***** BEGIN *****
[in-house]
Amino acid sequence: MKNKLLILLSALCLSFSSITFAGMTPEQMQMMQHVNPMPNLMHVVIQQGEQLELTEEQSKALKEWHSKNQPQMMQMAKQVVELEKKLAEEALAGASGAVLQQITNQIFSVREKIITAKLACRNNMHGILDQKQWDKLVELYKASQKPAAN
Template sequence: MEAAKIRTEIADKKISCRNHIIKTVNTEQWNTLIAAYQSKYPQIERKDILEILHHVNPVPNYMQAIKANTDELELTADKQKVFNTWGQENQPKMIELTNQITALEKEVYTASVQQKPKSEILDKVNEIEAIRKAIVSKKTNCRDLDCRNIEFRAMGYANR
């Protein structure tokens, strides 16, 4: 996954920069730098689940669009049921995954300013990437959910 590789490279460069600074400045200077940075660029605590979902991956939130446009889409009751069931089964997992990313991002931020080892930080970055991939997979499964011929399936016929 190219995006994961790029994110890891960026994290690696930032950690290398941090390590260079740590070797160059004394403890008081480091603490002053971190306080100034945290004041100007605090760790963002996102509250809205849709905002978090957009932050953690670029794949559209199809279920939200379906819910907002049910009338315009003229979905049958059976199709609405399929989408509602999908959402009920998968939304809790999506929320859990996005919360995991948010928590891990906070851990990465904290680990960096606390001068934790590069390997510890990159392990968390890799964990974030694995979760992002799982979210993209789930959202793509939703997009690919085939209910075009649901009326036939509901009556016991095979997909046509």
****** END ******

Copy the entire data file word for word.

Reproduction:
[in-house]
Amino acid sequence: MKNKLLILLSALCLSFSSITFAGMTPEQMQMMQHVNPMPNLMHVVIQQGEQLELTEEQSKALKEWHSKNQPQMMQMAKQVVELEKKLAEEALAGASGAVLQQITNQIFSVREKIITAKLACRNNMHGILDQKQWDKLVELYKASQKPAAN
Template sequence: MEAAKIRTEIADKKISCRNHIIKTVNTEQWNTLIAAYQSKYPQIERKDILEILHHVNPVPNYMQAIKANTDELELTADKQKVFNTWGQENQPKMIELTNQITALEKEVYTASVQQKPKSEILDKVNEIEAIRKAIVSKKTNCRDLDCRNIEFRAMGYANR
């Protein structure tokens, strides 16, 4: 996954920069730098689940669009049921995954300013990437959910 590789490279460069600074400045200077940075660029605590979902991956939130446009889409009751069931089964997992990313991002931020080892930080970055991939997979499964011929399936016929 190219995006994961790029994110890891960026994290690696930032950690290398941090390590260079740590070797160059004394403890008081480091603490002053971190306080100034945290004041100007605090760790963002996102509250809205849709905002978090957009932050953690670029794949559209199809279920939200379906819910907002049910009338315009003229979905049958059976199709609405399929989408509602999908959402009920998968939304809790999506929320859990996005919360995991948010928590891990906070851990990465904290680990960096606390001068934790590069390997510890990159392990968390890799964990974030694995979760992002799982979210993209789930959202793509939703997009690919085939209910075009649901009326036939509901009556016991095979997909046509």